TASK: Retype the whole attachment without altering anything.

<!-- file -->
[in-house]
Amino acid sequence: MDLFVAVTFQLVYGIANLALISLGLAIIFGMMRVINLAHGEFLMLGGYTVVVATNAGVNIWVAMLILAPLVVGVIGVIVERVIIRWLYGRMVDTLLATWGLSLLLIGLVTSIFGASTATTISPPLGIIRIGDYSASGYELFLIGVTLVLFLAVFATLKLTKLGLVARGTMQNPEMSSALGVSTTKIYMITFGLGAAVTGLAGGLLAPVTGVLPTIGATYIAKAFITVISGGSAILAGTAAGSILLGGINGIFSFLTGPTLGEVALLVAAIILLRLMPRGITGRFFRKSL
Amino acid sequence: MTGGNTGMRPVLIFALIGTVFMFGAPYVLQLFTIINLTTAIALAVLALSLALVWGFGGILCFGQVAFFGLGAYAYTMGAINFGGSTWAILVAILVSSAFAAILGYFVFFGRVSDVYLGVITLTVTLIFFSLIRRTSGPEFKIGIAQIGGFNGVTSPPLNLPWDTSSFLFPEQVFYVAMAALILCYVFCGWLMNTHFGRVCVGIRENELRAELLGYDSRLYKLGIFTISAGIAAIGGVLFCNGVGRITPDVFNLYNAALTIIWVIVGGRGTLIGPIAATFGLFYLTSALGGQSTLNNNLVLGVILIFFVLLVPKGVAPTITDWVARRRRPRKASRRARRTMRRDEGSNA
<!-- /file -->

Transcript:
[in-house]
Amino acid sequence: MDLFVAVTFQLVYGIANLALISLGLAIIFGMMRVINLAHGEFLMLGGYTVVVATNAGVNIWVAMLILAPLVVGVIGVIVERVIIRWLYGRMVDTLLATWGLSLLLIGLVTSIFGASTATTISPPLGIIRIGDYSASGYELFLIGVTLVLFLAVFATLKLTKLGLVARGTMQNPEMSSALGVSTTKIYMITFGLGAAVTGLAGGLLAPVTGVLPTIGATYIAKAFITVISGGSAILAGTAAGSILLGGINGIFSFLTGPTLGEVALLVAAIILLRLMPRGITGRFFRKSL
Amino acid sequence: MTGGNTGMRPVLIFALIGTVFMFGAPYVLQLFTIINLTTAIALAVLALSLALVWGFGGILCFGQVAFFGLGAYAYTMGAINFGGSTWAILVAILVSSAFAAILGYFVFFGRVSDVYLGVITLTVTLIFFSLIRRTSGPEFKIGIAQIGGFNGVTSPPLNLPWDTSSFLFPEQVFYVAMAALILCYVFCGWLMNTHFGRVCVGIRENELRAELLGYDSRLYKLGIFTISAGIAAIGGVLFCNGVGRITPDVFNLYNAALTIIWVIVGGRGTLIGPIAATFGLFYLTSALGGQSTLNNNLVLGVILIFFVLLVPKGVAPTITDWVARRRRPRKASRRARRTMRRDEGSNA